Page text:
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IFC Mobile Money Study 2011 - Thailand

IFC Mobile Money Study 2011 - Thailand

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IFC Mobile Money Study was developed to increase understanding of mobile money and help address key issues in scaling up further development of m-money ecosystems globally. It looks at the technology required and the business models used by mobile network operators, banks, and others in four developing countries—Brazil, Nigeria, Sri Lanka, and Thailand. It compares these countries with Kenya and Japan, which have successfully developed mobile money operations, and with the United States.

Perhaps more importantly, it offers a framework for a quick market study of a country to determine whether or what type of mobile money services might be developed commercially. It offers models of user perception and demand surveys, then develops a set of parameters—such as regulatory environments, current access to financial services, and the requirements of potential mobile money service providers to run viable businesses—that can spur or block mobile money development.

By using these survey techniques and examining the relevant parameters, a government or development agency can assess a country’s potential for a successful mobile money business. We hope this report will contribute to mobile money business development globally. It is intended for regulators, mobile network operators, commercial banks, microfinance institutions, telecommunications equipment and handset manufacturers, and others that could be involved in the development of mobile money businesses.
IFC Mobile Money Study was developed to increase understanding of mobile money and help address key issues in scaling up further development of m-money ecosystems globally. It looks at the technology required and the business models used by mobile network operators, banks, and others in four developing countries—Brazil, Nigeria, Sri Lanka, and Thailand. It compares these countries with Kenya and Japan, which have successfully developed mobile money operations, and with the United States.

Perhaps more importantly, it offers a framework for a quick market study of a country to determine whether or what type of mobile money services might be developed commercially. It offers models of user perception and demand surveys, then develops a set of parameters—such as regulatory environments, current access to financial services, and the requirements of potential mobile money service providers to run viable businesses—that can spur or block mobile money development.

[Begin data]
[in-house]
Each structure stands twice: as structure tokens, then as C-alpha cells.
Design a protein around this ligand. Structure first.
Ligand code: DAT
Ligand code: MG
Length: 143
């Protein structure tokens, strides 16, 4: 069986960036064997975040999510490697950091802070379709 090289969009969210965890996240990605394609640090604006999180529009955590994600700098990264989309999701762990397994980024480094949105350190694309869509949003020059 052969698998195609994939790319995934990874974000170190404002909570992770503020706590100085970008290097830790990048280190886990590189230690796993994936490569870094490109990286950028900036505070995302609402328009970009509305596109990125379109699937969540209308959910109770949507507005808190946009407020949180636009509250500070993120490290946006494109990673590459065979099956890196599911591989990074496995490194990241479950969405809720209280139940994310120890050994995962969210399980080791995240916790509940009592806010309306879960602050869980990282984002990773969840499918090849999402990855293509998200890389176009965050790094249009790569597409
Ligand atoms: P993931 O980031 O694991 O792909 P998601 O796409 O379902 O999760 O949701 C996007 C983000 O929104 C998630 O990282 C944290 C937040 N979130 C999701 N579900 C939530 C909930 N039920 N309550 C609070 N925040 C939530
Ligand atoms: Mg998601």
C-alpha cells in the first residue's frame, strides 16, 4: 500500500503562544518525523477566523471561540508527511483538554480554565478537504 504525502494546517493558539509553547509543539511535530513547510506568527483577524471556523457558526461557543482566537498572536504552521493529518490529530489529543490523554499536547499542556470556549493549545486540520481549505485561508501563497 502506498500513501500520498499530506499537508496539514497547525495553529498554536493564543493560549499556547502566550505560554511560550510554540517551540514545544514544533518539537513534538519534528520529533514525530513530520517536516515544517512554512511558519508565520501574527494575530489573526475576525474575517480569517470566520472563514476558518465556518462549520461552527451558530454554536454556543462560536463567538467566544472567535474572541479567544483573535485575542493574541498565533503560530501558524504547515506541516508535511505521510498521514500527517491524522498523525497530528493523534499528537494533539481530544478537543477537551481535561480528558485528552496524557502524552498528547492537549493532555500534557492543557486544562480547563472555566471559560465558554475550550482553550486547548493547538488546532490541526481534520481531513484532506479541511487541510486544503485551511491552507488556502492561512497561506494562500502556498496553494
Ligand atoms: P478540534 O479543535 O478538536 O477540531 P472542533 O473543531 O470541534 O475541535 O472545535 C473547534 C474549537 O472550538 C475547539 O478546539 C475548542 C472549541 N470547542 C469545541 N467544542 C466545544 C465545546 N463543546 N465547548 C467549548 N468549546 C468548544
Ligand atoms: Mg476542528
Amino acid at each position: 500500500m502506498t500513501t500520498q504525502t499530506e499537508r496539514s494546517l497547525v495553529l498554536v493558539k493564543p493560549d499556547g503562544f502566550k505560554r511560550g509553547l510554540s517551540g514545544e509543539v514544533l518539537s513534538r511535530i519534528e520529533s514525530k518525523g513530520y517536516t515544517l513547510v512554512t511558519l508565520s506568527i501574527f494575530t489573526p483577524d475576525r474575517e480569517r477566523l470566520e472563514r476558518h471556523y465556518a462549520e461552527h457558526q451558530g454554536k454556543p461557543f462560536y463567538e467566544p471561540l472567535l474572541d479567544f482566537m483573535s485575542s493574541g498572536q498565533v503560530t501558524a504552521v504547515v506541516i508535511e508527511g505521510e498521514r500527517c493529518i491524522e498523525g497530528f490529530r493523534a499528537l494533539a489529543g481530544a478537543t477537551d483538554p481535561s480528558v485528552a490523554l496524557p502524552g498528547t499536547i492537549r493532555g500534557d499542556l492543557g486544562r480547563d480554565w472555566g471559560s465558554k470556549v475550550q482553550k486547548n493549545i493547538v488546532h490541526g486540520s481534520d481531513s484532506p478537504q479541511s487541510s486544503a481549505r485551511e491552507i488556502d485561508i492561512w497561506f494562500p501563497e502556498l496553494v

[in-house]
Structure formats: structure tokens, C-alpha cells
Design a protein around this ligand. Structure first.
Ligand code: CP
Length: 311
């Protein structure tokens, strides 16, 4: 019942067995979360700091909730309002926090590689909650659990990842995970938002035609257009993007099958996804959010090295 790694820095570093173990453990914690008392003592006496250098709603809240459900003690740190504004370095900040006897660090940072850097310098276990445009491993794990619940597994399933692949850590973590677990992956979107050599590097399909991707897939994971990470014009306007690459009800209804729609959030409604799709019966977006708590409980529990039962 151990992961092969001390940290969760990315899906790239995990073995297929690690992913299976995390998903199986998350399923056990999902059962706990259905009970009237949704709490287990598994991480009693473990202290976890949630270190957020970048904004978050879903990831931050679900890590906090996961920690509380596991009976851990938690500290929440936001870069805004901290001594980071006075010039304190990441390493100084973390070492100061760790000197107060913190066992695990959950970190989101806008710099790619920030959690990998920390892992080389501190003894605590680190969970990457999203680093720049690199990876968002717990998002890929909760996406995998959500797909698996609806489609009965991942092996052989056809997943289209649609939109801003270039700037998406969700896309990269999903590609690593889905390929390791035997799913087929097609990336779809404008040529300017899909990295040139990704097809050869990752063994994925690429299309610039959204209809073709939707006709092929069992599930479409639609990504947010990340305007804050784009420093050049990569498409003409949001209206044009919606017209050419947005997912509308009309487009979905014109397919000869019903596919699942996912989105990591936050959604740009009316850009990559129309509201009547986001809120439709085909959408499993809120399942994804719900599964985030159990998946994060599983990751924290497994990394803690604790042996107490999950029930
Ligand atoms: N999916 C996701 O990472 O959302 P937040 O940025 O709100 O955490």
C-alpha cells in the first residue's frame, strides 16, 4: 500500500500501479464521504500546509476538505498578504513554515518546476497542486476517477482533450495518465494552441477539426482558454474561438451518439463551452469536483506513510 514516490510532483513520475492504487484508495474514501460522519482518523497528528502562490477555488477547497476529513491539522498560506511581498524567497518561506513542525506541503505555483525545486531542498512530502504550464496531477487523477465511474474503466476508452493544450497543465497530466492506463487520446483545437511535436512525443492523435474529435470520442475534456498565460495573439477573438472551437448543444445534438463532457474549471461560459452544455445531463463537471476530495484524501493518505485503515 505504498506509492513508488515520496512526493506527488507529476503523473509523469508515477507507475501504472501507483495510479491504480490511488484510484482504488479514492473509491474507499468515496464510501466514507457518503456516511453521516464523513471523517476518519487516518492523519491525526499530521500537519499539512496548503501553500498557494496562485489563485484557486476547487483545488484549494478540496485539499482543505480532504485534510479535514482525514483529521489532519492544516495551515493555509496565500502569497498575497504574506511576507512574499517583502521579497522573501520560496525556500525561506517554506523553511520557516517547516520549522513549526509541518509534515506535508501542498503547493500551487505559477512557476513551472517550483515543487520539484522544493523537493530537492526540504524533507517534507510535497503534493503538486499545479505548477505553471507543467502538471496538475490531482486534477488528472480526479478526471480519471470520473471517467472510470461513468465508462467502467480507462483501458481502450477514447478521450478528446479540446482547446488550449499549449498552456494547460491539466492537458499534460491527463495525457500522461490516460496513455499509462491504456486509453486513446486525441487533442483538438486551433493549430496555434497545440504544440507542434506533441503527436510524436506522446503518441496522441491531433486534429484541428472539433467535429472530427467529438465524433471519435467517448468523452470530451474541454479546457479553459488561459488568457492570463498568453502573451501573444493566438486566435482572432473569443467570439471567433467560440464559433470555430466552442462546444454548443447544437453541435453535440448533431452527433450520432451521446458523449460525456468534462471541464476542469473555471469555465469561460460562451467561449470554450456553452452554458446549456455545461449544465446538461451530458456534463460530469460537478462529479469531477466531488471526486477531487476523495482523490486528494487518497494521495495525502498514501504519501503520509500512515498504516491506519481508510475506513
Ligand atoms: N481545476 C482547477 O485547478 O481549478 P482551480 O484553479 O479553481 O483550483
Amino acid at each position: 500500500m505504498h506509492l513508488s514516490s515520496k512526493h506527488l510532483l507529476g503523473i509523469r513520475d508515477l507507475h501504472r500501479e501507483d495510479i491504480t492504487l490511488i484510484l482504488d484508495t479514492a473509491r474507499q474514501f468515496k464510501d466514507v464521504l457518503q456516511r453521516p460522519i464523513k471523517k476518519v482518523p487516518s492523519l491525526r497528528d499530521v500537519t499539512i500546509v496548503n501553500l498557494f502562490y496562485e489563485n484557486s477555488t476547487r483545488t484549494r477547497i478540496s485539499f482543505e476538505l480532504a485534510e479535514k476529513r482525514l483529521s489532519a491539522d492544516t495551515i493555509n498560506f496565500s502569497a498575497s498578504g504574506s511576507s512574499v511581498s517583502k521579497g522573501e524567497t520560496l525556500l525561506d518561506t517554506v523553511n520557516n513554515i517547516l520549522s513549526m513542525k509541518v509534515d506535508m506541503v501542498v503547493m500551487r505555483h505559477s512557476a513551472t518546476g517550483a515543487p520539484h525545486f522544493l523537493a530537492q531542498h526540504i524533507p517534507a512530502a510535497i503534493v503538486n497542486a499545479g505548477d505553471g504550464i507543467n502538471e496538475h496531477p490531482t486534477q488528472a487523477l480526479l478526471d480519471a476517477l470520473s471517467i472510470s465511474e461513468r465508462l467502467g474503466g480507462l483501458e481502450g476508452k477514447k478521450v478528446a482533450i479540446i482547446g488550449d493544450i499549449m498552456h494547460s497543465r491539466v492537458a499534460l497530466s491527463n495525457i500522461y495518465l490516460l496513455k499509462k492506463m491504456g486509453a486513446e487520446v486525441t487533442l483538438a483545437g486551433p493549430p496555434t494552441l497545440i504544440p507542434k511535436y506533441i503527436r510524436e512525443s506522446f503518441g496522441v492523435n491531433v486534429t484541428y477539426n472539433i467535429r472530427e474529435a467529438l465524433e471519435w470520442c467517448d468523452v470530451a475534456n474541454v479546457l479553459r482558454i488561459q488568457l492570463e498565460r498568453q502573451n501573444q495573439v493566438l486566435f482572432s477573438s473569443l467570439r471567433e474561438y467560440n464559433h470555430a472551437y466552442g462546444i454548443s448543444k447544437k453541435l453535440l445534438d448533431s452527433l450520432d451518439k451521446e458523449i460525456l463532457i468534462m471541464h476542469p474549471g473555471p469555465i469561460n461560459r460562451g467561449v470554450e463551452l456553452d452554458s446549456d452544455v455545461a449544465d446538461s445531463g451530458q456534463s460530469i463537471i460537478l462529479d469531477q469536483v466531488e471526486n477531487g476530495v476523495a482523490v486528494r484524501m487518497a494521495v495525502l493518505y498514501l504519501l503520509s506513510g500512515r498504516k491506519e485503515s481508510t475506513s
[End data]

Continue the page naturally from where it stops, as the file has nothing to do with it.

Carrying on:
By using these survey techniques and examining the relevant parameters, a government or development agency can assess a country’s potential for a successful mobile money business. We hope this report will contribute to mobile money business development globally. It is intended for regulators, mobile network operators, commercial banks, microfinance institutions, telecommunications equipment and handset manufacturers, and others that could be involved in the development of mobile money businesses.

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Published by: IFC Access to Finance and Financial Markets on Dec 09, 2011
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06/24/2013

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The three major mobile service providers in

Tailand—AIS, DTAC, and TrueMove—
have been ofering various types of m-money
services. AIS started its m-money business
(Advanced MPay) in late 2004. DTAC began by
ofering an e-wallet, but in 2008 evolved its ofering
to a wallet linked to a bank account held by its part-
ner, K-Bank. True Corporation (the parent com-
pany of TrueMove) launched its “eWallet” through
a subsidiary called TrueMoney in 2005.

Tailand demonstrates three business models,
each of which has become relatively successful
in terms of the business objectives of the owners,
although they all continue to search for ways to
decrease costs and attract new subscribers. Te
imminent introduction of phone number porta-
bility has given each of the MNOs an incentive to
introduce value-added services to reduce “churn,”
or turnover of customers. Table 5.1 summarizes
each of the business models, which are then dis-
cussed in more detail; table 5.3 at the end of this
chapter captures these details.

AIS and TrueMoney provide a mobile wallet solu-
tion called eWallet. At the beginning of 2010,
about 6 million out of 15 million TrueMove
subscribers had an eWallet account1

—up from
837,000 in the third quarter of 2008. Approxi-
mately 600,000 AIS subscribers have an Advanced

1

Interview with Piyachart Ratanaprasartporn, True-
Money general manager, January 28, 2010.

MPay account. However, only about 100,000 of
these accounts are active.2

DTAC has more than
1.4 million mobile banking subscribers through
ATM SIM. At the beginning of 2010, interoper-
ability between Advanced MPay and TrueMoney
was not possible unless funds were transferred to
a bank account and then paid through the inter-
bank system.

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